It is human nature. Many executive leaders or entrepreneurs go into a meeting with a series of choices in front of them.Some managers hate the thought of being indecisive, so they leap in and they decisively, forcefully, reactively decide. In fact, we at VIM Executive Coaching have known of several “hard-chargers” who value the virtue of making in the moment, laser focused decisions. What is often worse, is that their organizations all too often value the virtue of rapid fire decisions that they make as well. The results of such reactions are all over the board, but generally speaking they can be and usually are catastrophic.
Executive leadership should value sound decision making, and the entire process of meeting and gathering information should be based on research and/or consensus not on whim or fancy. It often is not. We love the hard-charger who makes decisions by the “seat of their pants,” or who solve complex personnel problems through on the spot intuition.
The Choiceless Way
The virtue of Choicelessness is hardly a new concept, but goes back to antiquity. Yet in most ways, this ancient concept is as relevant now as was when it was first put forth. It essentially says that life is not a choice of “A” or “B” but of numerous choices – an entire alphabet of choices. Furthermore, there is no magic intuitive process or in the moment gift any of us have to charge into a situation and immediately know the correct answer. Obviously, I am not referring to a first responder situation or the decision a pilot must make when encountering turbulence (in both cases, there is extensive training behind those types of decisions).
In a corporate or entrepreneurial setting, valuing and embracing Choicelessness should be viewed as something positive and not negative. It is putting forth the concept that we should not base executive leadership decisions on a pre-determined set of biases, but on having the openness of mind and heart to view all of the possibilities.
The question that often arises and indeed, one we hear often at VIM Executive Coaching, is when people ask us how they can make the best decisions. Going into a decision-making situation for example, how they can be assured they always arrive at the best solution?
There are, of course, no guarantees. An executive leader might be armed with every conceivable study and piece of research and still make the wrong choice because he or she has reacted to the data (whatever that may be) rather than responding to it. Again, it is the pressure to react in the moment that has been valued, rather than to respond to what has been presented.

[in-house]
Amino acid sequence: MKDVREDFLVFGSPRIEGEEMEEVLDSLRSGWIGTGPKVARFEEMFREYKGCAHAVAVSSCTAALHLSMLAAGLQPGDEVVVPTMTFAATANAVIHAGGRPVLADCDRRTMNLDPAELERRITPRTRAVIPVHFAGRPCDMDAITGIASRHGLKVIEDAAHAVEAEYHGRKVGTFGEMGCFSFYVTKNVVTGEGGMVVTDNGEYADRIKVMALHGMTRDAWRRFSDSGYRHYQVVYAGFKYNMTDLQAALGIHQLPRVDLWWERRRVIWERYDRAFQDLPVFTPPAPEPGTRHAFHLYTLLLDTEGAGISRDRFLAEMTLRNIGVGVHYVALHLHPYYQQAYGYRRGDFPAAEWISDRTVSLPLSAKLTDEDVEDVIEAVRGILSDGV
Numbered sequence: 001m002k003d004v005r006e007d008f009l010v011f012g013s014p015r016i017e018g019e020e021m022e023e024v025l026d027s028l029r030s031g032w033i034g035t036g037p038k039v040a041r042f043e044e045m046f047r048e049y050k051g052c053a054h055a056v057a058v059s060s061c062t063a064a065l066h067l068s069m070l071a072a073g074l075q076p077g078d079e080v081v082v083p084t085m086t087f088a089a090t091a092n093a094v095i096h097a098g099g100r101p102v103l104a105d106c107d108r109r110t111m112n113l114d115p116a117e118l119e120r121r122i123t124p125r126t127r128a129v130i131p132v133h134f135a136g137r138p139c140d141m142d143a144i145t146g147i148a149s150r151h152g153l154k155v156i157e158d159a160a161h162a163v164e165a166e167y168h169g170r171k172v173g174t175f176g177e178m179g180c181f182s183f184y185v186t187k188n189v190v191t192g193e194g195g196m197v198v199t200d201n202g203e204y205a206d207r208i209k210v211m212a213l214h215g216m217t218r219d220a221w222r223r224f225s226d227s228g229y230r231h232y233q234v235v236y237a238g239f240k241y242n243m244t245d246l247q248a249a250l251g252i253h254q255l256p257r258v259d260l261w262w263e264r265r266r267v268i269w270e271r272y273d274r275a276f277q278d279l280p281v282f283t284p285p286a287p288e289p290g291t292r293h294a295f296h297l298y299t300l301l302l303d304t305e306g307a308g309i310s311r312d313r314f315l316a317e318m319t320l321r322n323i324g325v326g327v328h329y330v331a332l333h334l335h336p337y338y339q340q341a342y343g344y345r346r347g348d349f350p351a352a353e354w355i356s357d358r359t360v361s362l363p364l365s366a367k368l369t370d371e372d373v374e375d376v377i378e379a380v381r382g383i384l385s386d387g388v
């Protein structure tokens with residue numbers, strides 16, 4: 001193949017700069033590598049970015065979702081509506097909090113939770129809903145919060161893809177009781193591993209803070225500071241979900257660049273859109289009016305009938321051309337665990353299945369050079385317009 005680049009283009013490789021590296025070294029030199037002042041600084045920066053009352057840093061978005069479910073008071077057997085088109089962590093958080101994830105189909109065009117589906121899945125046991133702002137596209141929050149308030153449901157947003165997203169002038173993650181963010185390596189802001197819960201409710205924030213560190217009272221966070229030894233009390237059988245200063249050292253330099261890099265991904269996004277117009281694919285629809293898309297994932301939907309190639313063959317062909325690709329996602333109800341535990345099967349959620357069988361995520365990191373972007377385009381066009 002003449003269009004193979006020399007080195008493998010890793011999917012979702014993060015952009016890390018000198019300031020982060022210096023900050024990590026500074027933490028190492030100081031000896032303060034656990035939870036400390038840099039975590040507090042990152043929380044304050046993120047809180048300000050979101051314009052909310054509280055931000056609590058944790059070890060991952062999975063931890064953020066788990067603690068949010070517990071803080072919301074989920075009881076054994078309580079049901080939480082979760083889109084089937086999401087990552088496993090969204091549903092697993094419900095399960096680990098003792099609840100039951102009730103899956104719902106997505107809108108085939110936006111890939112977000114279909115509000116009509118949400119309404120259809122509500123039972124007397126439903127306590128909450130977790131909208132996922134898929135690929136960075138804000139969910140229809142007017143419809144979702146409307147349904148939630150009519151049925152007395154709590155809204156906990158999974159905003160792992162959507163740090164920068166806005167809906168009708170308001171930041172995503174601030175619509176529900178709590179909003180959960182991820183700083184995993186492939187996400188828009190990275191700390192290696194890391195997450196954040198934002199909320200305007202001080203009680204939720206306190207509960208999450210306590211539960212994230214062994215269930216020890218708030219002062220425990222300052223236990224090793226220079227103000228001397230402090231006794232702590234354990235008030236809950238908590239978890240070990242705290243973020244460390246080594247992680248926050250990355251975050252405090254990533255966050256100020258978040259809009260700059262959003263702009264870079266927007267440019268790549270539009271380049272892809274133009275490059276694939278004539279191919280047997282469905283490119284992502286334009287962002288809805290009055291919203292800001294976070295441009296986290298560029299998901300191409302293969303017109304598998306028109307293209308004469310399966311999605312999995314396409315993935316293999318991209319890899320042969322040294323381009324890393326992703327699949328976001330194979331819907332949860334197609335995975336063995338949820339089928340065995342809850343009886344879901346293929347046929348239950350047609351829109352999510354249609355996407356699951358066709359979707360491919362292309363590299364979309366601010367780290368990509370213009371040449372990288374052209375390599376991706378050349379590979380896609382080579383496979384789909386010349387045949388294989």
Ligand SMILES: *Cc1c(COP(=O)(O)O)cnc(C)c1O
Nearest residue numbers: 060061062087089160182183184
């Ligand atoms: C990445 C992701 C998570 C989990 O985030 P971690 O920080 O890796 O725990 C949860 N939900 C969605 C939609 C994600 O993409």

The concept of Choicelessness tells us to not immediately jump upon every instinct or inclination but to carefully balance all of the possibilities. To consider that there may be many likely outcomes to be weighed. How is this best accomplished? By being mindful, by practicing techniques such as mindfulness meditation where we open ourselves to every option and to respond, not react in the moment.
Contrary to popular belief, this “mindfulness stuff,” does not require us to spend hours and hours on every decision we make in our respective organizations. It is a tool that helps us to develop and to be aware of our abilities to respond, in the moment, rather than to blindly react.
Choicelessness is saying that we are open to many opportunities and that we are willing to listen not only to all sides, but to realize that we should encourage opinion, expression and input. Response in this manner, may reveal many possible solutions or new ideas we may not have thought of, or decisions that may even have been obscured by our own sense of personal bias.
Mindfulness meditation, being in the moment, being present is a valuable asset for any leader. The concept of Choicelessness tells us that it is not only desirable, but essential to be open. Whether we are trying to solve a personnel issue in our departments or to arrive at the best solution to a complex planning situation, realizing we need to be exposed to all possibilities is a very empowering tool.